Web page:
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By Willie Krischke – March 27, 2009

A child, bored in her new, expansive, and incredibly old house, discovers, in a spare room, a hidden passageway to a different world – one brighter, more adventurous, and, she discovers, much more fraught with peril than her own.

Sound familiar?  It’s true, the premise of “Coraline” is very similar to the premise of “The Lion, the Witch, and the Wardrobe–”  but the parallels end as soon as exploration of the “other world” begins.   Where Peter, Susan, Lucy and Edmund discovered a land of dwarves and giants, knights and witches, Coraline (voiced by Dakota Fanning) finds one that is very similar to her own… except that everything’s better.   Her parents are attentive, and interesting.  Fun, even.   The creepy neighbors turn out to be fascinating entertainers.   And even the cat can talk (and the boy next door can’t.)  What 12 year old girl hasn’t dreamed of that?

Oh, and if only Henry Selick had gotten hold of the Narnia series first.   Then we’d be expecting seven visually fascinating, absolutely absorbing movies out of that franchise rather than the pretty flat adaptations we’ve been getting, and will probably continue to get.   “Coraline” is so fun to watch I don’t think it would matter much if the plot made sense, or the characters were interesting, or if anything happened at all.   He animates acrobatic mice and glow in the dark gardens and floppy old ladies with such energy and imagination that you don’t really need to know what you’re seeing to know that you’re seeing something special.

The icing on the cake, though, is that Selick has a great story to work with, written by one of the greatest storytellers of our time.   Neil Gaiman’s novella has been translated into a number of languages and connects with childrens’ fears (and hopes) in countries around the world.   The main character is a bit hard to love — she’s a snippy, cantankerous know-it-all, hard to please and even harder to keep busy.   In her defense, she’s just been moved away from all her friends and familiarity and plopped down in a rundown boarding house in rainy, slug-ridden Oregon, where her parents spend most of their time ignoring her.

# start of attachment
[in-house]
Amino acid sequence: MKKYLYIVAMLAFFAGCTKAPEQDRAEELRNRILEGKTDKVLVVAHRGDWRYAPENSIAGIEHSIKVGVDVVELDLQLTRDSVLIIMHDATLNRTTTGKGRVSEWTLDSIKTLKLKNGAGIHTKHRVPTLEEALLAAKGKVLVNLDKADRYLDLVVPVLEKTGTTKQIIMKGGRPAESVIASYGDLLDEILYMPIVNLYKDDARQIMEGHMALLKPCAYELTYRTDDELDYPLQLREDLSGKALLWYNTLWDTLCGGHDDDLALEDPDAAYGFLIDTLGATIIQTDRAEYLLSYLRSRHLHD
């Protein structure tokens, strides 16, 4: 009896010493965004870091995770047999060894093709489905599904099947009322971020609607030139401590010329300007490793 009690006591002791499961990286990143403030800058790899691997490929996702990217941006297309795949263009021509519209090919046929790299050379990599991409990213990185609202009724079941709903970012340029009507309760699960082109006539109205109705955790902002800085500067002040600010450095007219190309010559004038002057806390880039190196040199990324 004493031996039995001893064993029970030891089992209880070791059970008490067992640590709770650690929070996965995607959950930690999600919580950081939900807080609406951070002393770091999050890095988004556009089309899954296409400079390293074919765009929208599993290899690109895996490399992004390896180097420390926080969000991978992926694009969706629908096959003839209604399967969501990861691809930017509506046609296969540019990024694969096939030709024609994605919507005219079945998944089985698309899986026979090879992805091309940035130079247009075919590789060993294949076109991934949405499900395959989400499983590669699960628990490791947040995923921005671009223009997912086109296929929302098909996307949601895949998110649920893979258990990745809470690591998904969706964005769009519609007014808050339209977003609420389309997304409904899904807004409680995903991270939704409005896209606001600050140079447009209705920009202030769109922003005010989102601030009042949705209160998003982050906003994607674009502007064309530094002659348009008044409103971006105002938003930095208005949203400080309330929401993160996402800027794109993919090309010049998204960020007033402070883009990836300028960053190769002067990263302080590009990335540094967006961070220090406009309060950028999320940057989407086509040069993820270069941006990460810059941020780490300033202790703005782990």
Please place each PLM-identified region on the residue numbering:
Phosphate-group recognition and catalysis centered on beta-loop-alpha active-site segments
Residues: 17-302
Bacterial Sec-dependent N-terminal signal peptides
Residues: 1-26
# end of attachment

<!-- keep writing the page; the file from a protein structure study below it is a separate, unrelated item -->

Her parents (voiced by Teri Hatcher and John Hodgman) are no picnic.   They appear to be co-authoring a garden catalog, but have a serious aversion to dirt, mud, or anything else generally associated with gardens.   They continually accuse Coraline of pestering them.  Mom clearly has a hard time showing affection – watch how she slips the gift to her daughter at the end – and Dad seems hardly there at all.

So she does her best to explore this strange place where she’s been placed.   There is a boy with a weird mask (Robert Bailey Jr.) and an honest-to-goodness Cheshire cat (Keith David) – a bit starved perhaps – and then there are the neighbors.   Upstairs lives a retired Russian acrobat(Ian McShane) training mice to do his tricks for him, and downstairs, two former bathing beauties (Jennifer Saunders and Dawn French, of “AbFab” fame,) still competing to see who can show the most flesh.   And when she finds the passageway to the other world, all of these things are transformed — but who is doing the transforming?   And for what reason?

The answer will give you the heebie-jeebies, and takes “Coraline” to that level of Jungian dream/fairy tale interpretation that really separates the stories we remember from the ones we let slip away.    Gaiman has captured perfectly that, when you’re 12 years old, your parents are suddenly both fascinating and horrifying, because that’s when you realize that they’re actual people, and people separate from you.   You begin to ask, at least subconsciously, not only “What do they have to offer me?”   but also “What do they want from me?”

If you’re a parent, I don’t envy the decisions you must make regarding this movie.  Your nine year old, who is just discovering that fear can be fun (and now wants to go to the amusement park instead of Chuck E. Cheese for his birthday) will be delighted with it.   Your five year old will be terrified, and will wake you up for weeks because there are kangaroo rats in his closet.   Have fun.


  • if you are a fan of Neil Gaiman, naturally.
  • if you like imaginative, visually inventive, somewhat dark children’s stories.
  • if you’re bored with Standard Disney Fare and think your kids can handle something a little more spooky and a lot more interesting.

Not Recommended

  • if you think “kid’s movie” and you think “Cinderella,”  and you like it that way.
  • if your kids are prone to nightmares and monsters under the bed.
  • if you think creepy things are…well, creepy, and not your cup of tea.
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